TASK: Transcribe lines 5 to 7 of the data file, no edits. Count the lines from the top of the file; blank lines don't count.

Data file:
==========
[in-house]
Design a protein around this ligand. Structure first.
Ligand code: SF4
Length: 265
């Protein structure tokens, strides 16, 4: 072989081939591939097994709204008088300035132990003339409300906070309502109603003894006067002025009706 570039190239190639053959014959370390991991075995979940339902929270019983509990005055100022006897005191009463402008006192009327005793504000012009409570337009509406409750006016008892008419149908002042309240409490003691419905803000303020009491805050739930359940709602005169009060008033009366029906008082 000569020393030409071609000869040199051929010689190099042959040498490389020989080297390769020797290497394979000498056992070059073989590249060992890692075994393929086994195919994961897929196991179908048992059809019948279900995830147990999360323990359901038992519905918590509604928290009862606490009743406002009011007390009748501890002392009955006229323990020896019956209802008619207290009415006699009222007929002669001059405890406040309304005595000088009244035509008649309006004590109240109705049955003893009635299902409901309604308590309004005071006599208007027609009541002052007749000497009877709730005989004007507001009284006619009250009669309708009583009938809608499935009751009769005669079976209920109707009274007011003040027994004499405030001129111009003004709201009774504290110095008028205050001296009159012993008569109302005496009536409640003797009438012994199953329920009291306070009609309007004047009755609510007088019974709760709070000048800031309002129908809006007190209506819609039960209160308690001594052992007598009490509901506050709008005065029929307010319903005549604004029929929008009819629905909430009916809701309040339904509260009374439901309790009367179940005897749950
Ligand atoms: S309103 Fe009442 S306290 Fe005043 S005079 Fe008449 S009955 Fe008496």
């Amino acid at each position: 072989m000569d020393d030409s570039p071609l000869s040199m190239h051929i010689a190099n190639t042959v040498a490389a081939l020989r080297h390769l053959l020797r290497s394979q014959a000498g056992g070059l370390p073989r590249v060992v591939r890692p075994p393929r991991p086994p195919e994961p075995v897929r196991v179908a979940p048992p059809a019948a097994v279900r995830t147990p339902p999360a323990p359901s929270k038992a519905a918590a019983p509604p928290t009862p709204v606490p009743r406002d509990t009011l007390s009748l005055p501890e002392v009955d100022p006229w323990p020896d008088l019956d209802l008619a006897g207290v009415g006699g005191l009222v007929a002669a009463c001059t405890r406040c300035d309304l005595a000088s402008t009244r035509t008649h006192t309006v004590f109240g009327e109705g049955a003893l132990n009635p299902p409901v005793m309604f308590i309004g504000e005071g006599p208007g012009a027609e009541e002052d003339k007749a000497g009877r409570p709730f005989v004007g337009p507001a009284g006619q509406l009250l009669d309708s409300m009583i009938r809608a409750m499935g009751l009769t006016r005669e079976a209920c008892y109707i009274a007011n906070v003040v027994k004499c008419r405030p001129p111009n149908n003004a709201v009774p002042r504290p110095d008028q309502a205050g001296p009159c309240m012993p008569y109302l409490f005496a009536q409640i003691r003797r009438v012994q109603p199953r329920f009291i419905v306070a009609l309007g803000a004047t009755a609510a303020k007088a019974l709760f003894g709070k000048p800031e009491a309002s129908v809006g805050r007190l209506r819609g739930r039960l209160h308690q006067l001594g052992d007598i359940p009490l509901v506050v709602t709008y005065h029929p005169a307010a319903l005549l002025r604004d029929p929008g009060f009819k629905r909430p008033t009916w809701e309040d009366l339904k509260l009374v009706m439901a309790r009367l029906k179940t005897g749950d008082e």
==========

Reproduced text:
């Protein structure tokens, strides 16, 4: 072989081939591939097994709204008088300035132990003339409300906070309502109603003894006067002025009706 570039190239190639053959014959370390991991075995979940339902929270019983509990005055100022006897005191009463402008006192009327005793504000012009409570337009509406409750006016008892008419149908002042309240409490003691419905803000303020009491805050739930359940709602005169009060008033009366029906008082 000569020393030409071609000869040199051929010689190099042959040498490389020989080297390769020797290497394979000498056992070059073989590249060992890692075994393929086994195919994961897929196991179908048992059809019948279900995830147990999360323990359901038992519905918590509604928290009862606490009743406002009011007390009748501890002392009955006229323990020896019956209802008619207290009415006699009222007929002669001059405890406040309304005595000088009244035509008649309006004590109240109705049955003893009635299902409901309604308590309004005071006599208007027609009541002052007749000497009877709730005989004007507001009284006619009250009669309708009583009938809608499935009751009769005669079976209920109707009274007011003040027994004499405030001129111009003004709201009774504290110095008028205050001296009159012993008569109302005496009536409640003797009438012994199953329920009291306070009609309007004047009755609510007088019974709760709070000048800031309002129908809006007190209506819609039960209160308690001594052992007598009490509901506050709008005065029929307010319903005549604004029929929008009819629905909430009916809701309040339904509260009374439901309790009367179940005897749950
Ligand atoms: S309103 Fe009442 S306290 Fe005043 S005079 Fe008449 S009955 Fe008496």
């Amino acid at each position: 072989m000569d020393d030409s570039p071609l000869s040199m190239h051929i010689a190099n190639t042959v040498a490389a081939l020989r080297h390769l053959l020797r290497s394979q014959a000498g056992g070059l370390p073989r590249v060992v591939r890692p075994p393929r991991p086994p195919e994961p075995v897929r196991v179908a979940p048992p059809a019948a097994v279900r995830t147990p339902p999360a323990p359901s929270k038992a519905a918590a019983p509604p928290t009862p709204v606490p009743r406002d509990t009011l007390s009748l005055p501890e002392v009955d100022p006229w323990p020896d008088l019956d209802l008619a006897g207290v009415g006699g005191l009222v007929a002669a009463c001059t405890r406040c300035d309304l005595a000088s402008t009244r035509t008649h006192t309006v004590f109240g009327e109705g049955a003893l132990n009635p299902p409901v005793m309604f308590i309004g504000e005071g006599p208007g012009a027609e009541e002052d003339k007749a000497g009877r409570p709730f005989v004007g337009p507001a009284g006619q509406l009250l009669d309708s409300m009583i009938r809608a409750m499935g009751l009769t006016r005669e079976a209920c008892y109707i009274a007011n906070v003040v027994k004499c008419r405030p001129p111009n149908n003004a709201v009774p002042r504290p110095d008028q309502a205050g001296p009159c309240m012993p008569y109302l409490f005496a009536q409640i003691r003797r009438v012994q109603p199953r329920f009291i419905v306070a009609l309007g803000a004047t009755a609510a303020k007088a019974l709760f003894g709070k000048p800031e009491a309002s129908v809006g805050r007190l209506r819609g739930r039960l209160h308690q006067l001594g052992d007598i359940p009490l509901v506050v709602t709008y005065h029929p005169a307010a319903l005549l002025r604004d029929p929008g009060f009819k629905r909430p008033t009916w809701e309040d009366l339904k509260l009374v009706m439901a309790r009367l029906k179940t005897g749950d008082e």